Paella by Mexicans

As part of many things The Americas inherited from the Spanish settlers, I reckon, the most important one was new ingredients and cooking techniques. Not only we got some great Spanish recipes, but this “Mestizaje” resulted in new and thrilling cooking methods, the incorporation of exotic ingredients, flavours and textures. The The Latin American cuisine was born as a rich, exuberant,and voluptuous (I always wanted to use to that word to describe food, far out!) pallet of flavours and emotions.

It was actually rougher than this. A very bloody and violent cultural assimilation.

It was actually rougher than this. A very bloody and violent cultural assimilation.

… Anyway, so, a few days ago, we decided not to go for the traditional Mexican dish, nor a North American craving (remember, we are from the north, close to the border with the US and A, so, aye, we love HEB and Texan massive portions), instead we went for freaking Spanish food.

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Why Spanish? Well, I’ve recently bought a “Paellera”, which is a special pan for paella, as shown bellow:

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I got the rice and the spices, then my youngest sis and I headed to the “San Juan” Market, which, I reckon, needs a post of its own, as it is an impressive place full of the most exotic ingredients, meats, veggies and a wide high quality charcuterie stands.

Colours... edible colours ...

Colours… edible colours …

Among other things we needed for the paella, we also went there to get the seafood, as northeast Mexicans from the Gulf of Mexico we do value fresh, high quality seafood. So, let’s get started, shall we?

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Utensils:

  • A 30 cms paellera
  • Cooking tongs
  • 1 medium size pot (for a 1 to 2 litres of chicken stock)
  • 1 wooden spoon
  • White piece of cloth

Ingredients (usually for a 4 to 6 people paella):

  • 600 grams of rice (preferable the “bomba” or “calasparra” variety)
  • 300 grams of chicken meat (I used chicken thighs, deboned)
  • 200 grams of pork in cubes (I recommend pork chops, deboned and leave some fat, always leave the fat)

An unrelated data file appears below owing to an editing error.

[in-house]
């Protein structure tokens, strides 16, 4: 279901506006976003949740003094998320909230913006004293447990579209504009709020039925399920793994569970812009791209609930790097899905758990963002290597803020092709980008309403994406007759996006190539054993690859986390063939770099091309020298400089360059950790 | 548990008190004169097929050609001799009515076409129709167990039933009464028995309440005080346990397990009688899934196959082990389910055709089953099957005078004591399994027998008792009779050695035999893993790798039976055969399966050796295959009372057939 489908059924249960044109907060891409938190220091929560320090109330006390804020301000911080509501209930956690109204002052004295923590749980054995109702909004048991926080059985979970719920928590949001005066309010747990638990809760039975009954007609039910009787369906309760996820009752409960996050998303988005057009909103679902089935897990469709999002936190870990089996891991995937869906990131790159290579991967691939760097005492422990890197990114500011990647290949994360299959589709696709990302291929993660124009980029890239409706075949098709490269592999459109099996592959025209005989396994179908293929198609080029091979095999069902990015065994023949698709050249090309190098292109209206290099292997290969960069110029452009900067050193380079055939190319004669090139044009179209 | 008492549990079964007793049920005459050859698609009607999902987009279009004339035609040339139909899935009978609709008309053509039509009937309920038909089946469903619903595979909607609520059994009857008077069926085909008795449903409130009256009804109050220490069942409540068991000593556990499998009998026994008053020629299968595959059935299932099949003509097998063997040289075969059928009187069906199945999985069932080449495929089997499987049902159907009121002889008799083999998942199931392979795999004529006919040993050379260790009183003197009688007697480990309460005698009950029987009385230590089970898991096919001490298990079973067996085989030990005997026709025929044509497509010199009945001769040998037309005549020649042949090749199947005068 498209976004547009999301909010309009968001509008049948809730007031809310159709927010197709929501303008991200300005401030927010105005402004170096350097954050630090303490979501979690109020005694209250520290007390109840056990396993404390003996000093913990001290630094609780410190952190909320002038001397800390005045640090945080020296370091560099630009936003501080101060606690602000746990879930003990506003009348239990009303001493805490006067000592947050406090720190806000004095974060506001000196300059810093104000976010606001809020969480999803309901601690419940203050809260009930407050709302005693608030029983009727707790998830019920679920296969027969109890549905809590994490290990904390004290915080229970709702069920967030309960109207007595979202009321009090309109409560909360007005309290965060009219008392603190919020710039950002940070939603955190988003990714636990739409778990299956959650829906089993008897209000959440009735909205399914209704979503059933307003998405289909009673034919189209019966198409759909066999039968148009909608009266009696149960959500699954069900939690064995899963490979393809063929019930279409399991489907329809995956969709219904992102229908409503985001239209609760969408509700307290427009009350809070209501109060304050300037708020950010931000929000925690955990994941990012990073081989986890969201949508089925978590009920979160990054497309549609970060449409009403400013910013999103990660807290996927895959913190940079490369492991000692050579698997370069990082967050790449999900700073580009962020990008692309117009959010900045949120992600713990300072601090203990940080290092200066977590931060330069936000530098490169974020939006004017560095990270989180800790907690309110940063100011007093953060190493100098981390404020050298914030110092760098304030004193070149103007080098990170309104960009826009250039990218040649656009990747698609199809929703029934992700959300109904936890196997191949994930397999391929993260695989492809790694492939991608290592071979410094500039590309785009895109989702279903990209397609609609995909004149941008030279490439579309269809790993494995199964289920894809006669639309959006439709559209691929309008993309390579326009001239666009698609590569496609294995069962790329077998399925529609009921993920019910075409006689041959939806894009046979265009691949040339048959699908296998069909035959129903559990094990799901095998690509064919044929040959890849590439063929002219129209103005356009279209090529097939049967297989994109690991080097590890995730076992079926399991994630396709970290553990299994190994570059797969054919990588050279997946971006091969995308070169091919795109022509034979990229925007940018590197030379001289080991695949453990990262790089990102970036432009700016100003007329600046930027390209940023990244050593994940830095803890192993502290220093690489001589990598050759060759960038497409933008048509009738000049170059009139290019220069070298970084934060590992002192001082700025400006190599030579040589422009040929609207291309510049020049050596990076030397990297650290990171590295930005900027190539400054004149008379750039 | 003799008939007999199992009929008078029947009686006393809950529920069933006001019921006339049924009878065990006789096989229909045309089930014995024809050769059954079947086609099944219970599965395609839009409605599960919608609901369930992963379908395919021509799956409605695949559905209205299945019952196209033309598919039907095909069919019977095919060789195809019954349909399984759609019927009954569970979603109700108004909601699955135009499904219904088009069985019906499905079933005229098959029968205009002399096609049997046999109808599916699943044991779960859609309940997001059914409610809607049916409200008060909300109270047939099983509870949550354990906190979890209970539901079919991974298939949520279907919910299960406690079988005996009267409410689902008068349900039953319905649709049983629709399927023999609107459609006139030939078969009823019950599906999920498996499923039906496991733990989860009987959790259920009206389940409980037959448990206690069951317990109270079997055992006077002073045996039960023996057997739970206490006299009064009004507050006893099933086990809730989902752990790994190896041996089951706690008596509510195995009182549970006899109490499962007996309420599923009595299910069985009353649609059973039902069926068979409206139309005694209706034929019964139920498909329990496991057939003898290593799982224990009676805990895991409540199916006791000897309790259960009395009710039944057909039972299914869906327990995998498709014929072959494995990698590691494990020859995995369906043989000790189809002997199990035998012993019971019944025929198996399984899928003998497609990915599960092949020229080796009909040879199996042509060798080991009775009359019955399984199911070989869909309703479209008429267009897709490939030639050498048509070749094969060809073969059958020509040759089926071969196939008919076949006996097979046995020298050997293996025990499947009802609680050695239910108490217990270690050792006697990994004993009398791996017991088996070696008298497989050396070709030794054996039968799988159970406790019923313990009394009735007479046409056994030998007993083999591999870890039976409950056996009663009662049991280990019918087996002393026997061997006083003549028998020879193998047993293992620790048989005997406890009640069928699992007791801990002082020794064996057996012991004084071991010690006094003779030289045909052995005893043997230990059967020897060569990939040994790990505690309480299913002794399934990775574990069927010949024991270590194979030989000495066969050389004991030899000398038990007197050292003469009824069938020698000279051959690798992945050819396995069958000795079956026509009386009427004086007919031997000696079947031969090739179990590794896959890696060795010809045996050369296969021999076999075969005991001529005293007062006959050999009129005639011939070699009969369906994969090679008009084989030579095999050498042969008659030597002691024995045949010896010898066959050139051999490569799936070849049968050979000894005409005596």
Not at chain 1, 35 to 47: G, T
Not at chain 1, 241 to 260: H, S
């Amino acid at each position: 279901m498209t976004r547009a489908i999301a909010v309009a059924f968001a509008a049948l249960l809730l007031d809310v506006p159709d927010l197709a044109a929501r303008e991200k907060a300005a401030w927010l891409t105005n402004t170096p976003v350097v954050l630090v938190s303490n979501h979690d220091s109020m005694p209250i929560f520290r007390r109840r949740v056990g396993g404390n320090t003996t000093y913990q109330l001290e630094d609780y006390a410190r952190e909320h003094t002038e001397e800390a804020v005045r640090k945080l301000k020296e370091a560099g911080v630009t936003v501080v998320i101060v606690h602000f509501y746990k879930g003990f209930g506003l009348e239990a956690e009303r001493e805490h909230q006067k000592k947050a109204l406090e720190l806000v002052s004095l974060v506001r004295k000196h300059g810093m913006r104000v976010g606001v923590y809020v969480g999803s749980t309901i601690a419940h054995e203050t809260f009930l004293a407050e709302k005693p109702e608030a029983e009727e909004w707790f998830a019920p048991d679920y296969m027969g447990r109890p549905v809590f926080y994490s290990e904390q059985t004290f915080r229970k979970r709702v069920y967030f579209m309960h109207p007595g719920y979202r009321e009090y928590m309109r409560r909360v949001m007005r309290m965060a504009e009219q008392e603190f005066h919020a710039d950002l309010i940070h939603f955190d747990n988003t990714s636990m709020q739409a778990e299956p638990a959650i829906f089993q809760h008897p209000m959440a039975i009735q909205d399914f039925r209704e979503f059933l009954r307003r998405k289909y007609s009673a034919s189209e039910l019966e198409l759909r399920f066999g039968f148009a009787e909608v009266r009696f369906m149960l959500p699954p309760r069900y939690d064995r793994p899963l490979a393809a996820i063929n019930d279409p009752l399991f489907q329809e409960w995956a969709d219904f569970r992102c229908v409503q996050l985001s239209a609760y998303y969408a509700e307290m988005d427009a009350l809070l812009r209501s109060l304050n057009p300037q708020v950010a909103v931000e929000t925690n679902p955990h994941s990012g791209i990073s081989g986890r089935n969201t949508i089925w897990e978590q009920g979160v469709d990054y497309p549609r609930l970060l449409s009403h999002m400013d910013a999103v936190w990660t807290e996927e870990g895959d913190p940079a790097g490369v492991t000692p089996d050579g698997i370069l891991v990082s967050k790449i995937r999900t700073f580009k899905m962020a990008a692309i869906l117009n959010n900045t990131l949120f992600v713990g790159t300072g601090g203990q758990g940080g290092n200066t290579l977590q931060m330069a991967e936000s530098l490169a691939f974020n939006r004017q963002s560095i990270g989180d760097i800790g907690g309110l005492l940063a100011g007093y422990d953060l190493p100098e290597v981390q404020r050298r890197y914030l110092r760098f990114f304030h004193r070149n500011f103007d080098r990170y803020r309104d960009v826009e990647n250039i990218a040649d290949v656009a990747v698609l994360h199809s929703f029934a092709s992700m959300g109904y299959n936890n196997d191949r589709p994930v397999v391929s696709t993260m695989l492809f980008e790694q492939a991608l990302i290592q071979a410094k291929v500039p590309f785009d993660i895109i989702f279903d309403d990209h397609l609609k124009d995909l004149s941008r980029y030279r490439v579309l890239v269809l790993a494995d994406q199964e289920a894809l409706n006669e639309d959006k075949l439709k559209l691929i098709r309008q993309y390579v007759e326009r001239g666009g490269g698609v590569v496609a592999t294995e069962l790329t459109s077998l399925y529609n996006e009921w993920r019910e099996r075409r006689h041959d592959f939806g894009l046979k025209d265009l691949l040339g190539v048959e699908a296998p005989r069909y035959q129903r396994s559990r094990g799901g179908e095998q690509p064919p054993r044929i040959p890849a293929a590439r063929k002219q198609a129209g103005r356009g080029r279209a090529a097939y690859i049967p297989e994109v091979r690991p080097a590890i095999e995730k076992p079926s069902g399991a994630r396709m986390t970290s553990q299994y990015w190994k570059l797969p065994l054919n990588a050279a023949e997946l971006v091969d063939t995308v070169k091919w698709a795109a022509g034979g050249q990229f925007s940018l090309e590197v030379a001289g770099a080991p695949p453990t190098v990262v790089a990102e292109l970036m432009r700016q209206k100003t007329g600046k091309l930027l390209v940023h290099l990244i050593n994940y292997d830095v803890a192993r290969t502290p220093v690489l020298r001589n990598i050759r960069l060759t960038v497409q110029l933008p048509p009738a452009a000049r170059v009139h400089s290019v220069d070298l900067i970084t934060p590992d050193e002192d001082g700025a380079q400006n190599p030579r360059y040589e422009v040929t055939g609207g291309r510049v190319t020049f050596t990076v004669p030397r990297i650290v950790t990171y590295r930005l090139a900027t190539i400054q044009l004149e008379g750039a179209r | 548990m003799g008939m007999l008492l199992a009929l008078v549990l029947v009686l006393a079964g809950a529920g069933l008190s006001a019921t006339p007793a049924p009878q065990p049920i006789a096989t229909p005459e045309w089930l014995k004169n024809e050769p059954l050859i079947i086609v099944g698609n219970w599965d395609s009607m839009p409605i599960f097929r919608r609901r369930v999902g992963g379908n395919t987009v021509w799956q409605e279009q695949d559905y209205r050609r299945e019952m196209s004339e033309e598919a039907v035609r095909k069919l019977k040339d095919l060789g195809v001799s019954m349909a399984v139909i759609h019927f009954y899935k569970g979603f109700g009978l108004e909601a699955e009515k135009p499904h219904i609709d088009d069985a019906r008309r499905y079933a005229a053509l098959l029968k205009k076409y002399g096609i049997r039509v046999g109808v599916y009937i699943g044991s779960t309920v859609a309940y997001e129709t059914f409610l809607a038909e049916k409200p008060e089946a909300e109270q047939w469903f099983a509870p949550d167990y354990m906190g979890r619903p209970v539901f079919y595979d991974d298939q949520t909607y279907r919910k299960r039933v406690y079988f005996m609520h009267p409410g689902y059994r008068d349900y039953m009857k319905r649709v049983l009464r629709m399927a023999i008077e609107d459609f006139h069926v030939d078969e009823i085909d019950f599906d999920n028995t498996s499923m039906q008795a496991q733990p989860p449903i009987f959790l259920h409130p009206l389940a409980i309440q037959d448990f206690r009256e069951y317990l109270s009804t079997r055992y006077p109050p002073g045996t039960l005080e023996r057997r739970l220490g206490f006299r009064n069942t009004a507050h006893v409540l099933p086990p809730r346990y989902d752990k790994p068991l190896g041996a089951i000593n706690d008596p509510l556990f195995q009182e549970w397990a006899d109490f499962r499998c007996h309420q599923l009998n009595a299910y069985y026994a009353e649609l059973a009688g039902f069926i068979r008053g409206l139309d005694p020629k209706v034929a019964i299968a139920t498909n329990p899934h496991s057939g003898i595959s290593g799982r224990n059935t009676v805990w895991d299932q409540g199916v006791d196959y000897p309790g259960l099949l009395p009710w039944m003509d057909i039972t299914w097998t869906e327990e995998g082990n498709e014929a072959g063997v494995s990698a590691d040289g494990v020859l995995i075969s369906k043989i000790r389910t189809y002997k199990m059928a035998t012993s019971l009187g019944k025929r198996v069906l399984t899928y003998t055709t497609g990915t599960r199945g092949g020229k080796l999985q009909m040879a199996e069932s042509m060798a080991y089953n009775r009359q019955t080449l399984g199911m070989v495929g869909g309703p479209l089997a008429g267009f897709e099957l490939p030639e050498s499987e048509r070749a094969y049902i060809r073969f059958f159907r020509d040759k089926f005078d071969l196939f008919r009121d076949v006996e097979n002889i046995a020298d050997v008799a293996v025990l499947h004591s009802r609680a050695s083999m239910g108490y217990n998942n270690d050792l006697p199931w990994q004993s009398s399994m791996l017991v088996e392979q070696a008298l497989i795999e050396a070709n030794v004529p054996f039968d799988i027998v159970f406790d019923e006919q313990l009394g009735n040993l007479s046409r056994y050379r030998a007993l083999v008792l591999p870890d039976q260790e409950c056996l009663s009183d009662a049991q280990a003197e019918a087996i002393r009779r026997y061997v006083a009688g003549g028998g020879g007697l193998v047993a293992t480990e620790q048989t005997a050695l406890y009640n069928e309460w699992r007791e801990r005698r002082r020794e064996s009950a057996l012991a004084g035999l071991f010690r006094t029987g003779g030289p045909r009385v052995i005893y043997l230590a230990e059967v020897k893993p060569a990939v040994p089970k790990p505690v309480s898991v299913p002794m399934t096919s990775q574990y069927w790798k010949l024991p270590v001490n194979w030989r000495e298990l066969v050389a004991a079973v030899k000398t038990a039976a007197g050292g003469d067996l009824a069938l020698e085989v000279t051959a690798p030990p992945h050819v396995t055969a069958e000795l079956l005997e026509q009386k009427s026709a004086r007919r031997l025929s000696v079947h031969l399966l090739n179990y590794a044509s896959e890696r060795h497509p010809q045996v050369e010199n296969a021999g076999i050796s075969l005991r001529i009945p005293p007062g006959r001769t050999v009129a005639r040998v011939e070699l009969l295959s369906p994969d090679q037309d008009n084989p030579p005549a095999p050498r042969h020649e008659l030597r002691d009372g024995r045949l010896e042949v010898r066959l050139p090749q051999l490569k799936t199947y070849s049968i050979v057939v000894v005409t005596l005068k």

• 300 grams of large shrimps, skin and head on
  • 200 grams of white clams
  • 200 grams of squids (ask your vendor to clean them up before weighting them)
  • 100 grams of fried chopped tomatoes (I used two, and worked great)
  • 50 grams of sliced Spanish chorizo
  • 1 tsp of sweet paprika
  • ½ tsp of saffron
  • Pinch of oregano
  • 1 garlic clove, chopped
  • ½ chopped onion
  • Handful of chopped parsley
  • Olive oil
  • Salt and pepper
  • 1 to 2 litres of chicken stock

Now what?

First, turn on the heat to meadium, on the paellera pour some olive oil (2 to 3 spoons are fine), level the paellera, you want to cook rice evenly, always. Next, throw in the pork and the chicken, you want to brown the outside of these meats before moving to the steaming process needed for the rice. Add the chorizo, the onions and the garlic, then the tomatoes, and the rest of the spices (saffron, paprika, oregano, pinch of salt and pepper).

Bomba-Rice

All set? Awesome, now, the secret of a great paella rests in the stock you use. Please, put as much love to make the stock as you do to prepare this paella. Oh well, screw it, you can buy chicken stock too, so anyway, where was I? Aye, put a good amount of large spoons of the stock in the paellera. As soon as the stock touches the hot pan your kitchen will be filled with amazing aromas, sounds and excitement (not the same sort of excitement we all felt while watching the first trailer of the upcoming Star Wars movie, but pretty close). Cover just half of the paellaera with the stock, let it boil.